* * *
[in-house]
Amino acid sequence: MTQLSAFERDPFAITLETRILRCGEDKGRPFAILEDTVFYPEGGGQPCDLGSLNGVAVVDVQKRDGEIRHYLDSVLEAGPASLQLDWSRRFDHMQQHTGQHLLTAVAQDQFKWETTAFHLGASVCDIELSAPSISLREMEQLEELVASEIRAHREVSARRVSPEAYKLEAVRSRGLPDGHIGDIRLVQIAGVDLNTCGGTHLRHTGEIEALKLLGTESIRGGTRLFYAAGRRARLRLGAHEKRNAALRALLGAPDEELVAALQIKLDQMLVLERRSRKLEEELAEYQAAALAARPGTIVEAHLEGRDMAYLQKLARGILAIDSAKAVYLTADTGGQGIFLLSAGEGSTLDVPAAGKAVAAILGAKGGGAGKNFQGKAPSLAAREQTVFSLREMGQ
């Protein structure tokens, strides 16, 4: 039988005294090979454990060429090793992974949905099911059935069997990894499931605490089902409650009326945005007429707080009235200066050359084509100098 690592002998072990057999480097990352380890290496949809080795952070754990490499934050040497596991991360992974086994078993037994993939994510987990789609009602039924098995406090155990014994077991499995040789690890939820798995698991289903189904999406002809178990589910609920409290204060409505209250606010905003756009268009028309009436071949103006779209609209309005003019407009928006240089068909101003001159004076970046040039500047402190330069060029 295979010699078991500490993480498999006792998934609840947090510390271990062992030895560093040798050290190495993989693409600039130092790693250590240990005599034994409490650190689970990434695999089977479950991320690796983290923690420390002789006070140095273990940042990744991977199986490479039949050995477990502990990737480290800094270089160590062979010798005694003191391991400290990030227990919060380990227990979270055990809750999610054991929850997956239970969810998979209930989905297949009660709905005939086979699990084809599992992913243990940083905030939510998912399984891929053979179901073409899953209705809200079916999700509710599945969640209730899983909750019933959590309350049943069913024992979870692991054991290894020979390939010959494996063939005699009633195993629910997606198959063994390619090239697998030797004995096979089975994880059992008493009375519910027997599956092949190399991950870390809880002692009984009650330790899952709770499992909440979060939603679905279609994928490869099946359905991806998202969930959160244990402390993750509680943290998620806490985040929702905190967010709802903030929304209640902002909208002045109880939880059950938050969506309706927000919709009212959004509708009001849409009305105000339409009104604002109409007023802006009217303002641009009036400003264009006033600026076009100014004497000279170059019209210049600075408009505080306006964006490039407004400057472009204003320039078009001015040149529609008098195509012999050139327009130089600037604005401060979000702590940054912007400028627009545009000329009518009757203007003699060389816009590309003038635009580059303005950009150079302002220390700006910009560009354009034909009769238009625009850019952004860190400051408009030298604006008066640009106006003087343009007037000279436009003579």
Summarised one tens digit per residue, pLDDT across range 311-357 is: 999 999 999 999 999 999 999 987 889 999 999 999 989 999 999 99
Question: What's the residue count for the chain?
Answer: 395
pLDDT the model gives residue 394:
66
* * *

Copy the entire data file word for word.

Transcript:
[in-house]
Amino acid sequence: MTQLSAFERDPFAITLETRILRCGEDKGRPFAILEDTVFYPEGGGQPCDLGSLNGVAVVDVQKRDGEIRHYLDSVLEAGPASLQLDWSRRFDHMQQHTGQHLLTAVAQDQFKWETTAFHLGASVCDIELSAPSISLREMEQLEELVASEIRAHREVSARRVSPEAYKLEAVRSRGLPDGHIGDIRLVQIAGVDLNTCGGTHLRHTGEIEALKLLGTESIRGGTRLFYAAGRRARLRLGAHEKRNAALRALLGAPDEELVAALQIKLDQMLVLERRSRKLEEELAEYQAAALAARPGTIVEAHLEGRDMAYLQKLARGILAIDSAKAVYLTADTGGQGIFLLSAGEGSTLDVPAAGKAVAAILGAKGGGAGKNFQGKAPSLAAREQTVFSLREMGQ
């Protein structure tokens, strides 16, 4: 039988005294090979454990060429090793992974949905099911059935069997990894499931605490089902409650009326945005007429707080009235200066050359084509100098 690592002998072990057999480097990352380890290496949809080795952070754990490499934050040497596991991360992974086994078993037994993939994510987990789609009602039924098995406090155990014994077991499995040789690890939820798995698991289903189904999406002809178990589910609920409290204060409505209250606010905003756009268009028309009436071949103006779209609209309005003019407009928006240089068909101003001159004076970046040039500047402190330069060029 295979010699078991500490993480498999006792998934609840947090510390271990062992030895560093040798050290190495993989693409600039130092790693250590240990005599034994409490650190689970990434695999089977479950991320690796983290923690420390002789006070140095273990940042990744991977199986490479039949050995477990502990990737480290800094270089160590062979010798005694003191391991400290990030227990919060380990227990979270055990809750999610054991929850997956239970969810998979209930989905297949009660709905005939086979699990084809599992992913243990940083905030939510998912399984891929053979179901073409899953209705809200079916999700509710599945969640209730899983909750019933959590309350049943069913024992979870692991054991290894020979390939010959494996063939005699009633195993629910997606198959063994390619090239697998030797004995096979089975994880059992008493009375519910027997599956092949190399991950870390809880002692009984009650330790899952709770499992909440979060939603679905279609994928490869099946359905991806998202969930959160244990402390993750509680943290998620806490985040929702905190967010709802903030929304209640902002909208002045109880939880059950938050969506309706927000919709009212959004509708009001849409009305105000339409009104604002109409007023802006009217303002641009009036400003264009006033600026076009100014004497000279170059019209210049600075408009505080306006964006490039407004400057472009204003320039078009001015040149529609008098195509012999050139327009130089600037604005401060979000702590940054912007400028627009545009000329009518009757203007003699060389816009590309003038635009580059303005950009150079302002220390700006910009560009354009034909009769238009625009850019952004860190400051408009030298604006008066640009106006003087343009007037000279436009003579």
Summarised one tens digit per residue, pLDDT across range 311-357 is: 999 999 999 999 999 999 999 987 889 999 999 999 989 999 999 99
Question: What's the residue count for the chain?
Answer: 395
pLDDT the model gives residue 394:
66